If we want to solve the problem of identity management for good, we need to be like Galileo and rebuild the system on the basis of the fundamental identity mechanics we have discovered so far. That will lead to a more natural and effective way for users to think about identity. Proficiency in managing it will follow suit.

The first thing we can do is make the concept of identity explicit for users. A user should be able to think about his or her identities as clearly as he or she thinks about his or her files, documents and any other abstract entity that has a visual representation in a user experience.

Once the identities are explicitly represented, we have made an enormous step forward. Users can now create identities for all the contexts and the hats they wear: identities for web mail and low-value services, identities as employees of a certain company, identities as citizens of a certain country, identities as members of a dating service, identities as alumni of a certain university, and identities as just about any kind of digital persona they expect to use in their activities. Information will naturally fall into the right place. How much you paid for taxes last year will be in the citizen identity and not in the alumni identity, whereas for your grade point average it will be vice versa.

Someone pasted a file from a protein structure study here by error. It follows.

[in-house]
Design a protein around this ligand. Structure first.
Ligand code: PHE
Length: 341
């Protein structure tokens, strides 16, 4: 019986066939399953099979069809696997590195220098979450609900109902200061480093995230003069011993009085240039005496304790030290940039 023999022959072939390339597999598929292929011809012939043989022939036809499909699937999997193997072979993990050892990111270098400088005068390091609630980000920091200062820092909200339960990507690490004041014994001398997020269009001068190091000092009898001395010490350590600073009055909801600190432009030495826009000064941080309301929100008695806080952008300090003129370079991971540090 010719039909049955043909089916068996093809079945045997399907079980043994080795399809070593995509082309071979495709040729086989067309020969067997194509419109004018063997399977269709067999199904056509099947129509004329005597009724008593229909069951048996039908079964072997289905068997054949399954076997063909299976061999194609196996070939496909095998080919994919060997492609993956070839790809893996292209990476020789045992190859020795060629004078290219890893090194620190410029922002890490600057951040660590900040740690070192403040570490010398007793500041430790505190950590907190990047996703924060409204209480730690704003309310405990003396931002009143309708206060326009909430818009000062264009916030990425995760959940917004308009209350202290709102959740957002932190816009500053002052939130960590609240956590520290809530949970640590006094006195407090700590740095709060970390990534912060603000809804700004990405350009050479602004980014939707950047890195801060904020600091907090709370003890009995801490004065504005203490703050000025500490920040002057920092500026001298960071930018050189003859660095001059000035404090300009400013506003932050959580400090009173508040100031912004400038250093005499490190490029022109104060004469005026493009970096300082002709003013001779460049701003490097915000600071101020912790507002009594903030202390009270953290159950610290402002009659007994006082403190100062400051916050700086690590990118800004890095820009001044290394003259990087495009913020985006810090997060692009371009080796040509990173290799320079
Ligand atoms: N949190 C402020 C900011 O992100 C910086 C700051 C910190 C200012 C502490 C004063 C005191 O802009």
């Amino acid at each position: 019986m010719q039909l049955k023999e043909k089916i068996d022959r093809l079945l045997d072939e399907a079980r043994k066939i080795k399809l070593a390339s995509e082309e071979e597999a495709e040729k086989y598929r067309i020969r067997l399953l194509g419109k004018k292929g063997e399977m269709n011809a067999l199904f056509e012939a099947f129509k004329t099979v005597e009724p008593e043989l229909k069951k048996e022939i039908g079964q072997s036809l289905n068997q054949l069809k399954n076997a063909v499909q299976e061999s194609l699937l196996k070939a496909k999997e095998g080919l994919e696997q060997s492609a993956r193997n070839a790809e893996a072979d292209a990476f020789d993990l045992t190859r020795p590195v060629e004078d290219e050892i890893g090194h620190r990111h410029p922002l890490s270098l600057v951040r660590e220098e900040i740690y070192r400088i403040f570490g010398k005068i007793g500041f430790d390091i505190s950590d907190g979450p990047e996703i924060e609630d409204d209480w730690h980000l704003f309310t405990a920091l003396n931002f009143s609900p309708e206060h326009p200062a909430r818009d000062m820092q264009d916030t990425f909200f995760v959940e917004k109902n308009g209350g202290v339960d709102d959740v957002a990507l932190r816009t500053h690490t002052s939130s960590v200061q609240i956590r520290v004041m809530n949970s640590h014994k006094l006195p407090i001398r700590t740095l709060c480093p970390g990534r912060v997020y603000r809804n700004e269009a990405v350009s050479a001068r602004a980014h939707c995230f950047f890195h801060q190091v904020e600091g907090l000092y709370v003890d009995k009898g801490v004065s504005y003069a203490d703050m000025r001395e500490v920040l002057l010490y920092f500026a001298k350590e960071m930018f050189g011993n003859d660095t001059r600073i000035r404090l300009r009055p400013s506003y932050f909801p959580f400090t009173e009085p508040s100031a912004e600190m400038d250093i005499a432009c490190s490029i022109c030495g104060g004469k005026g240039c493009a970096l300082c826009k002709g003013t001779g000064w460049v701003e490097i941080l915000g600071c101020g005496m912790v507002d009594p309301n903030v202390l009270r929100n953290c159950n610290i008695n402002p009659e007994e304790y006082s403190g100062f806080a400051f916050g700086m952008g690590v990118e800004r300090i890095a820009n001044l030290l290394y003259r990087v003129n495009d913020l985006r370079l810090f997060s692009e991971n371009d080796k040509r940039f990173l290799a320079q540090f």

Once the information is packaged in explicit representations of identities, it is finally possible to reach a level of consistency in all the transactions involving disclosure of identity data. Users can choose which identities are most suitable in every given context, while services can help users to understand the context by explicitly limiting the set of identities they are willing to accept. A service asking for our email and a service requiring knowing our yearly net income can now do so using the same user experience, relying on the new awareness that the user has about his identities. The system must be secure, and the differences between the two requests must be completely clear (see the section "User Control and Consent" and discussion about unambiguous operations in the section "Human Integration"), but the semantic of the two operations is the same. Disclose some part of one of your identities. It makes sense that the user experience is the same, too, just as the procedure for copying a file between two folders doesn't change regardless of whether the file content is the script of the movie Borat or the true recipe of the philosopher's stone.